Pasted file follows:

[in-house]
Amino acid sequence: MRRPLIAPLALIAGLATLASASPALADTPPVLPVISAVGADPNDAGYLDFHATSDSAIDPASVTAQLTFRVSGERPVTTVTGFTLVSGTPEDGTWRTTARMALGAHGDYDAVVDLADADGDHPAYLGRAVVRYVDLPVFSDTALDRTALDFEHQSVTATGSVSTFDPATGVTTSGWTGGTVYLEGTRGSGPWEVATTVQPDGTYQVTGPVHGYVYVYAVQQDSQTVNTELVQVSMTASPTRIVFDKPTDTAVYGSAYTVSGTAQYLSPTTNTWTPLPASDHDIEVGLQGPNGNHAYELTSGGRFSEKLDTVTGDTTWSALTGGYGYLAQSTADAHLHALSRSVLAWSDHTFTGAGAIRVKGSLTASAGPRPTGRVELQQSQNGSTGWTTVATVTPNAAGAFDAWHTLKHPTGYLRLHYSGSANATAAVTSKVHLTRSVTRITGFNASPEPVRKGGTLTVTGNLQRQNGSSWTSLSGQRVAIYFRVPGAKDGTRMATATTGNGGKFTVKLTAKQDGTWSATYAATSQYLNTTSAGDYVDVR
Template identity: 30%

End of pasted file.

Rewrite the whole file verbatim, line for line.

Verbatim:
[in-house]
Amino acid sequence: MRRPLIAPLALIAGLATLASASPALADTPPVLPVISAVGADPNDAGYLDFHATSDSAIDPASVTAQLTFRVSGERPVTTVTGFTLVSGTPEDGTWRTTARMALGAHGDYDAVVDLADADGDHPAYLGRAVVRYVDLPVFSDTALDRTALDFEHQSVTATGSVSTFDPATGVTTSGWTGGTVYLEGTRGSGPWEVATTVQPDGTYQVTGPVHGYVYVYAVQQDSQTVNTELVQVSMTASPTRIVFDKPTDTAVYGSAYTVSGTAQYLSPTTNTWTPLPASDHDIEVGLQGPNGNHAYELTSGGRFSEKLDTVTGDTTWSALTGGYGYLAQSTADAHLHALSRSVLAWSDHTFTGAGAIRVKGSLTASAGPRPTGRVELQQSQNGSTGWTTVATVTPNAAGAFDAWHTLKHPTGYLRLHYSGSANATAAVTSKVHLTRSVTRITGFNASPEPVRKGGTLTVTGNLQRQNGSSWTSLSGQRVAIYFRVPGAKDGTRMATATTGNGGKFTVKLTAKQDGTWSATYAATSQYLNTTSAGDYVDVR
Template identity: 30%